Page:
Students making their choices in federal election
Innisdale Secondary School student council president Owen Quann and teacher Chris Valentine look over the Elections Canada map of Canada. Local high school students not old enough to actually cast a ballot on Oct. 19 are casting votes this week courtesy of Student Votes, which has more than 700,000 students in all 338 electoral districts from coast to coast to coast taking part. IAN MCINROY/BARRIE EXAMINER
As the federal election date looms on Oct. 19, hundreds of thousands of young 'voters' will be casting ballots for the party they think should form the next government.
Student Vote, a program by national charity Civix, has involved more than 7,500 schools in all 338 ridings across the country where young people will learn about the voting process and why it's important.
Civix's mission is to develop the skills and habits of citizenship among young Canadians, according to spokeswoman Lindsay Mazzucco.
"We're projecting over 700,000 students will take part," she said. "If they vote (during the Student Vote campaign), we hope they'll vote four years from now and in every other election they have the opportunity to."
Innisdale Secondary School student council president Owen Quann, 16, certainly intends to.
"It is important for (non-eligible voting) students to participate in the Student Vote program because it allows for them to learn political responsibility," he said. "A good citizen is an educated citizen. When the young voters are educated on political matters and the issues in our society, they can better contribute — meaning they can vote for who they feel would solve these issues — and/or become part of the political process themselves in running for office.
"Students participating in this program are more grateful for the democratic society that they live in," Quann added.
Teachers in some classes are addressing the election issues, he said.
"They're talking about the electoral process and how to vote and register, and distinguishing the differences between the parties. They're not giving us ideas about how to vote, but why it's important."
Quann conceded not all youth see the importance of learning more about politics, and eventually taking part in the process.
But he added that perhaps they would if they could cast a real ballot.
"Some students in my age demographic do not take an interest in the electoral process due to the fact that we are not eligible to vote, and some just don't care," he said. "But politics and government affect all citizens, regardless of age, under any circumstances.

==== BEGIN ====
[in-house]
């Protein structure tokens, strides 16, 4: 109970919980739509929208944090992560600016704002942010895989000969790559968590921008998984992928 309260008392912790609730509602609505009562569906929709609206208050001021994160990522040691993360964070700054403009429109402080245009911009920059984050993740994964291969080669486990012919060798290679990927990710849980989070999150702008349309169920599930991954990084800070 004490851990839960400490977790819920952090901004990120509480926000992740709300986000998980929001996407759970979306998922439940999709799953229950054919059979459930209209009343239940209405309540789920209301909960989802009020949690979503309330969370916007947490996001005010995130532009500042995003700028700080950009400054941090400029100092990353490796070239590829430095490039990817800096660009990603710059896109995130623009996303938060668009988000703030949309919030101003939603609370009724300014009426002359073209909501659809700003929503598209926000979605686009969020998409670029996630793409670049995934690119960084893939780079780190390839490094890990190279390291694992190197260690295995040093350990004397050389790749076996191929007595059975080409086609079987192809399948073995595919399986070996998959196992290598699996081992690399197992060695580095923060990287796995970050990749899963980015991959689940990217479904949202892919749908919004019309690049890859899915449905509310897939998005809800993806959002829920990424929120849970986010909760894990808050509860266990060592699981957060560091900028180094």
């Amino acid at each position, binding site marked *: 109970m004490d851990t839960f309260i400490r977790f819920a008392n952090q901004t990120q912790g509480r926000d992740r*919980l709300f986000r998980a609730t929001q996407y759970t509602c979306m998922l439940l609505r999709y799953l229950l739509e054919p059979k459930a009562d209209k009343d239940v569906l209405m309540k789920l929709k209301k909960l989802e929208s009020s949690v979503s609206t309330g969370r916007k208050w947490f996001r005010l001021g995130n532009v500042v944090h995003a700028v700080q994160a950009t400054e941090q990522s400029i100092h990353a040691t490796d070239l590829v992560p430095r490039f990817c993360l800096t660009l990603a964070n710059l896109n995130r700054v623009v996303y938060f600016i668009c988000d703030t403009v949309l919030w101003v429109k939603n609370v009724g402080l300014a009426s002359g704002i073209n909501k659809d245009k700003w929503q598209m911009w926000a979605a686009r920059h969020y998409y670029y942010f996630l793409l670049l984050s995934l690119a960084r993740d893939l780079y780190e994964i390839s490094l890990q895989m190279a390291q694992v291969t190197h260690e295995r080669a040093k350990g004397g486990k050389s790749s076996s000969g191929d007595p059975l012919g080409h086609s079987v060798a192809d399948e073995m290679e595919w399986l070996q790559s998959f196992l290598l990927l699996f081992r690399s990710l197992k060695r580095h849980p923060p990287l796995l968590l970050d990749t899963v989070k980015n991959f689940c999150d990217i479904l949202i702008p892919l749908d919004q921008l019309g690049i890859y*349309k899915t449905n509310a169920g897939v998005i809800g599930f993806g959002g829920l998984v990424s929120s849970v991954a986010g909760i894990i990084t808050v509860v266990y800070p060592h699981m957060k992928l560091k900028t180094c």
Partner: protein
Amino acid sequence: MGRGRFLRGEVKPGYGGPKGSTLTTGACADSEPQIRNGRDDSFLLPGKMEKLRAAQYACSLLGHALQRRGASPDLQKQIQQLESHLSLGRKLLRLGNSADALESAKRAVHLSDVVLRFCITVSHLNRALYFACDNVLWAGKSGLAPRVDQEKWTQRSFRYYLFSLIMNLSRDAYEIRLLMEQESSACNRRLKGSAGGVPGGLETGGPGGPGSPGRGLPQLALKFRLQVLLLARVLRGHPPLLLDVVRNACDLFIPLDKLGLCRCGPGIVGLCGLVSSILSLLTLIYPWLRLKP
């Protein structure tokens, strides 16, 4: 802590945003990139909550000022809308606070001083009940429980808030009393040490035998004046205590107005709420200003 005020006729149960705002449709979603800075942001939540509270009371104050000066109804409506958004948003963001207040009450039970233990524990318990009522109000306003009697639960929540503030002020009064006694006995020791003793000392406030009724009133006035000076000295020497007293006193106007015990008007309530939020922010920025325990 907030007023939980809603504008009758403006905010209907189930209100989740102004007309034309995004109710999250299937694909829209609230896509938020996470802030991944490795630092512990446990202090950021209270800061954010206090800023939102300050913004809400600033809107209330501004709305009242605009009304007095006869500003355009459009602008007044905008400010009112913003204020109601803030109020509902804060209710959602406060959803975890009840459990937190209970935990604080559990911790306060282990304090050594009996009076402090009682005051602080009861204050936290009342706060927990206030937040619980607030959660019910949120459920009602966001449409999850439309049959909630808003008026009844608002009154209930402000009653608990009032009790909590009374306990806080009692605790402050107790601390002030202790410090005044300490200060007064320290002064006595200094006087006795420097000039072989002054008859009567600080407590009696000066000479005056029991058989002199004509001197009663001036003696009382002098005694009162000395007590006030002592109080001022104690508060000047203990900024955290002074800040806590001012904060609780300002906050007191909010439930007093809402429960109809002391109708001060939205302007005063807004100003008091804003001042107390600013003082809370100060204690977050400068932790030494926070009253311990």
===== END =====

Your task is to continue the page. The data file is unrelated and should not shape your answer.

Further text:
"If the laws were different in a way that would allow for youth (16 and 17) to vote, I believe that those my age would take a much larger interest in both the electoral process and government as a whole," he said. "If these citizens are eligible to drive in our society, work in our society and contribute to our society, then why aren't we given the right to vote? Minors give a future to society. We should be given the right to vote for representatives who lead the present so we can better lead the future."
Mazzucco said federal parties keep an eye on the Student Vote results as the teens are the voters of the future.
"The parties are looking at the results and seeing what priorities students have because they will be eligible to vote in the years to come and it's a target group they should consider," she said, adding young Student Vote participants can sometimes encourage their parents to be more politically involved.
"Elections Canada did a study back in 2011 during the federal election and found about 20% of parents said their students positively impacted their decision to vote," Mazzucco said. "We hear stories from teachers saying parents voted for the first time — or actually changed who they were going to vote for — because of their child coming home and speaking about the issues and the candidates.
"So there is a lot of political discussion going on in homes because of this program."
Results from the Student Vote program — which has been taking place for 12 years — have sometimes been a little uncanny, Mazzucco added.
"In most elections, they tend to vote for the same governing party. As in the Alberta provincial election held in the spring, they tend to vote very close to the actual results," she said, adding the last federal election wasn't quite as respresentative. "In 2011, they elected a Conservative minority government with an NDP opposition."
To learn more about civix, visit www.civix.ca.